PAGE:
Alexander (III) The Great

Introduction

A brilliant, indefatigable, invincible marshal, Alexander, third in the dynasty of Argeades, has justly been nominated Great. History reserved a glorious destiny for him. He was tasked with conveying the glory of Hellenic thought and Hellenic civilisation to the depths of the East and, furthermore, to establish new cities with Greek character.

 Alexander became King of Macedonia at age 20, after the assassination of his father, King Philip, in 336 BC. From the very start of his reign, the new King had to confront his father’s enemies. The members of the Corinthian Alliance as well as the Thracians and the Illirians considered the death of the mighty Macedonian King to be an ideal opportunity to break off from the rule of the Macedonians. However, Alexander, a worthy heir to his father, after being declared ruler of Thessaly, directed his campaign to the Peloponnese, having a very specific plan of action in mind. During the Corinth Assembly, in which all Greek city-states but Sparta participated, he succeeded in becoming Leader of the Alliance and at the same time “Emperor-Marshal” in the war against the Persians. As recorded by Plutarch, Alexander, when returning from Corinth, went to Delfi to ask for the oracles of Gods. However, his arrival there coincided with the period of ‘evil’ days, during which oracles were not given. Alexander dragged the priestess to the altar by force and demanded to be given the oracle. The answer of the Priestess was “Invincible thou shall be, oh child!” Satisfied with the oracle, Alexander said he did not wish another and let the Priestess go.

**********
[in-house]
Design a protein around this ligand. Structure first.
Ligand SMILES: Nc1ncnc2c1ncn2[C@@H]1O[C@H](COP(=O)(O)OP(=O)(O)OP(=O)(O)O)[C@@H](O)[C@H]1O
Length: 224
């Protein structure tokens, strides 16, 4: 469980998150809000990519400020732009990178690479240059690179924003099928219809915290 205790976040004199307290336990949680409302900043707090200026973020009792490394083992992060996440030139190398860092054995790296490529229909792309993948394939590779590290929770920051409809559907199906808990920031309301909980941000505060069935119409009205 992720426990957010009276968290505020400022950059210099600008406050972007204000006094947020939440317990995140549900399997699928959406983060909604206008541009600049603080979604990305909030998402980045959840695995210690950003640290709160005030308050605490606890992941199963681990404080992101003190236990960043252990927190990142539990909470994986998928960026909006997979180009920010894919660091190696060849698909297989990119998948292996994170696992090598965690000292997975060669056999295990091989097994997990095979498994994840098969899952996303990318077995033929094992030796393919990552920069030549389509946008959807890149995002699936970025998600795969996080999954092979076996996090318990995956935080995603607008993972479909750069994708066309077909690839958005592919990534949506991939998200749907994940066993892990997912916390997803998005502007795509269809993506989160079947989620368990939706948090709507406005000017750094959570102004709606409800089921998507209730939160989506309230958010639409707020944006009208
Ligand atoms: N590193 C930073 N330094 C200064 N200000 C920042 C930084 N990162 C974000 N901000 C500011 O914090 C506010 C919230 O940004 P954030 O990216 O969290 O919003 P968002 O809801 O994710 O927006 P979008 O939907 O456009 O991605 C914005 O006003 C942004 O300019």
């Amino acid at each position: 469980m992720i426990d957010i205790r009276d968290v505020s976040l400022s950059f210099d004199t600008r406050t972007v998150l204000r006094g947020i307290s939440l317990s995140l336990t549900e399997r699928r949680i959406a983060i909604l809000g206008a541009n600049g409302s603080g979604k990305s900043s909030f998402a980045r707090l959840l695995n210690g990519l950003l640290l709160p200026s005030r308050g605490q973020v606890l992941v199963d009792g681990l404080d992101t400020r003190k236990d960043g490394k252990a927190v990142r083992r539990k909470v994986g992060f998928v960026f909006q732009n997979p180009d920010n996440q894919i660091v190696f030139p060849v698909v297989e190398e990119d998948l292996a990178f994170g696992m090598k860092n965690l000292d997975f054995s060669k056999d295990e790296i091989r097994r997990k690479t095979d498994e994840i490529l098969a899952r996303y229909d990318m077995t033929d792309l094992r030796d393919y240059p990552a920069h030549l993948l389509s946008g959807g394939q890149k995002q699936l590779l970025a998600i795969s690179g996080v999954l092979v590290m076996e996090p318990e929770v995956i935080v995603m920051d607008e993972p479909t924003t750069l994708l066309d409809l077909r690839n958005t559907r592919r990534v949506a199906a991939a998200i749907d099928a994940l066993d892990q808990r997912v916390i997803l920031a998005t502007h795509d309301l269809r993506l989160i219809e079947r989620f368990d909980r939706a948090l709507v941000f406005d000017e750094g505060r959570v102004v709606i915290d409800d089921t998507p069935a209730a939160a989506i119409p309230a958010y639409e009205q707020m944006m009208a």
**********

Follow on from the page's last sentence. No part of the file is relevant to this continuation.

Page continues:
In the spring of 335 BC, Alexander campaigned from Amfipolis against the Truballians and the Illirians who, after King Philip’s death, had shown a rebellious attitude. Later, he marched through Thrace, passed mount Aemos and defeated the Truballians and the Thracians. He then crossed Istros (Danube) river using long ships from Byzantium and dug-out canoes, with 1,500 horsemen and 4,000 foot soldiers.

The ease with which the Macedonians crossed Istros river had a great impact on the Getes, who lived in the north bank of the river: they withdrew without battle. Afterwards, Alexander turned to Boeotia in order to seize Thebes that had seceded. The conquest of Thebes was followed by slaughter of its citizens, mainly by Phokians, Plataeans and other Boeotians. The destruction of Thebes was attributed to two factors: the wrath of Gods who wanted to punish the Thebans for their treason during the Persian wars, and the hatred of the Plataeans who had suffered destruction from the Thebans in times of peace. The fall of Thebes marked the end of Alexander’s operations on European soil. These operations were enough to build Alexander’s reputation as a general, despite the fact that they lasted only one year.